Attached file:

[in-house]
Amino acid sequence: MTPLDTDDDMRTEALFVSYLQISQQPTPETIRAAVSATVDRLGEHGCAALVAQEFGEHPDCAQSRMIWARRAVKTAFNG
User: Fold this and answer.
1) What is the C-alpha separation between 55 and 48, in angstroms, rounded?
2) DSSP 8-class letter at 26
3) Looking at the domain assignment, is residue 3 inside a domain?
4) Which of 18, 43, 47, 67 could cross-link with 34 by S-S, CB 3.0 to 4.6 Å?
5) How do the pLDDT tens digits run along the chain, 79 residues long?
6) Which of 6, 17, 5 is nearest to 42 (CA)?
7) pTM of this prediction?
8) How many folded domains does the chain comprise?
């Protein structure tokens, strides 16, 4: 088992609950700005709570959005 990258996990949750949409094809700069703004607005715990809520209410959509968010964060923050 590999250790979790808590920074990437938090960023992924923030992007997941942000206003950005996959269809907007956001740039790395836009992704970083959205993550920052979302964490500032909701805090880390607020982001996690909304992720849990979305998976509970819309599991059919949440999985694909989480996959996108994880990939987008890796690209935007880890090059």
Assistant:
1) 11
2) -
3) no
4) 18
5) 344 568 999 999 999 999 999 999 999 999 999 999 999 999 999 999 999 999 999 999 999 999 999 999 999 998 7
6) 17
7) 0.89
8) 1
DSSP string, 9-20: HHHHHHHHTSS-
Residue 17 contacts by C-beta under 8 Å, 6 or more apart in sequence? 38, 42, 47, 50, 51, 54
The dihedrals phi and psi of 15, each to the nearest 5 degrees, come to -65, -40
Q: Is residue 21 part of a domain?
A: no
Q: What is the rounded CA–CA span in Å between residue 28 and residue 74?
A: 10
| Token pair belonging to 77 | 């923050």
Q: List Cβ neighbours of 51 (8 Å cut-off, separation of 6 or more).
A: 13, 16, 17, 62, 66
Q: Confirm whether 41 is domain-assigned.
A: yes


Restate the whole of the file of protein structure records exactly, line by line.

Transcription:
[in-house]
Amino acid sequence: MTPLDTDDDMRTEALFVSYLQISQQPTPETIRAAVSATVDRLGEHGCAALVAQEFGEHPDCAQSRMIWARRAVKTAFNG
User: Fold this and answer.
1) What is the C-alpha separation between 55 and 48, in angstroms, rounded?
2) DSSP 8-class letter at 26
3) Looking at the domain assignment, is residue 3 inside a domain?
4) Which of 18, 43, 47, 67 could cross-link with 34 by S-S, CB 3.0 to 4.6 Å?
5) How do the pLDDT tens digits run along the chain, 79 residues long?
6) Which of 6, 17, 5 is nearest to 42 (CA)?
7) pTM of this prediction?
8) How many folded domains does the chain comprise?
């Protein structure tokens, strides 16, 4: 088992609950700005709570959005 990258996990949750949409094809700069703004607005715990809520209410959509968010964060923050 590999250790979790808590920074990437938090960023992924923030992007997941942000206003950005996959269809907007956001740039790395836009992704970083959205993550920052979302964490500032909701805090880390607020982001996690909304992720849990979305998976509970819309599991059919949440999985694909989480996959996108994880990939987008890796690209935007880890090059």
Assistant:
1) 11
2) -
3) no
4) 18
5) 344 568 999 999 999 999 999 999 999 999 999 999 999 999 999 999 999 999 999 999 999 999 999 999 999 998 7
6) 17
7) 0.89
8) 1
DSSP string, 9-20: HHHHHHHHTSS-
Residue 17 contacts by C-beta under 8 Å, 6 or more apart in sequence? 38, 42, 47, 50, 51, 54
The dihedrals phi and psi of 15, each to the nearest 5 degrees, come to -65, -40
Q: Is residue 21 part of a domain?
A: no
Q: What is the rounded CA–CA span in Å between residue 28 and residue 74?
A: 10
| Token pair belonging to 77 | 């923050």
Q: List Cβ neighbours of 51 (8 Å cut-off, separation of 6 or more).
A: 13, 16, 17, 62, 66
Q: Confirm whether 41 is domain-assigned.
A: yes